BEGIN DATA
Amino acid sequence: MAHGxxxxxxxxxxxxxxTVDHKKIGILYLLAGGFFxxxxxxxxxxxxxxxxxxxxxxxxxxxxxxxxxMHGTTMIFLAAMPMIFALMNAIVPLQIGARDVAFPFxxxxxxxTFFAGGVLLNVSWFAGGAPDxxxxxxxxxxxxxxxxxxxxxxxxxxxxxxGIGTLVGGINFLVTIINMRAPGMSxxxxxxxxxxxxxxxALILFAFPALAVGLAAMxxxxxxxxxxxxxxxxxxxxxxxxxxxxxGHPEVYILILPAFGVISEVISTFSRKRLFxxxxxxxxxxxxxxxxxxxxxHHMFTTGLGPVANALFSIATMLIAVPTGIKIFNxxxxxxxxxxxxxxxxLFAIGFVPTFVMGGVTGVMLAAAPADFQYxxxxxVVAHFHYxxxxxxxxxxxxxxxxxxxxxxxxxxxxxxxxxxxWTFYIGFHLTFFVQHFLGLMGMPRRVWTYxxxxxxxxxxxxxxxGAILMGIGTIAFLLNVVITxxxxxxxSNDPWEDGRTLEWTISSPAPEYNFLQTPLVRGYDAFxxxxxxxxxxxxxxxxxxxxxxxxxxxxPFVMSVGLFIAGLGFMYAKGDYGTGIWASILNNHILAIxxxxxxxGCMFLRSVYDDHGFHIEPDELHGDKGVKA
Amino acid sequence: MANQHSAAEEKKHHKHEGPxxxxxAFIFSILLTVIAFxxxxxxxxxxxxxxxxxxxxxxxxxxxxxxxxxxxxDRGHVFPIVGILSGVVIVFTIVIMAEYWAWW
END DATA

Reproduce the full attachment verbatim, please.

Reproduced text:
Amino acid sequence: MAHGxxxxxxxxxxxxxxTVDHKKIGILYLLAGGFFxxxxxxxxxxxxxxxxxxxxxxxxxxxxxxxxxMHGTTMIFLAAMPMIFALMNAIVPLQIGARDVAFPFxxxxxxxTFFAGGVLLNVSWFAGGAPDxxxxxxxxxxxxxxxxxxxxxxxxxxxxxxGIGTLVGGINFLVTIINMRAPGMSxxxxxxxxxxxxxxxALILFAFPALAVGLAAMxxxxxxxxxxxxxxxxxxxxxxxxxxxxxGHPEVYILILPAFGVISEVISTFSRKRLFxxxxxxxxxxxxxxxxxxxxxHHMFTTGLGPVANALFSIATMLIAVPTGIKIFNxxxxxxxxxxxxxxxxLFAIGFVPTFVMGGVTGVMLAAAPADFQYxxxxxVVAHFHYxxxxxxxxxxxxxxxxxxxxxxxxxxxxxxxxxxxWTFYIGFHLTFFVQHFLGLMGMPRRVWTYxxxxxxxxxxxxxxxGAILMGIGTIAFLLNVVITxxxxxxxSNDPWEDGRTLEWTISSPAPEYNFLQTPLVRGYDAFxxxxxxxxxxxxxxxxxxxxxxxxxxxxPFVMSVGLFIAGLGFMYAKGDYGTGIWASILNNHILAIxxxxxxxGCMFLRSVYDDHGFHIEPDELHGDKGVKA
Amino acid sequence: MANQHSAAEEKKHHKHEGPxxxxxAFIFSILLTVIAFxxxxxxxxxxxxxxxxxxxxxxxxxxxxxxxxxxxxDRGHVFPIVGILSGVVIVFTIVIMAEYWAWW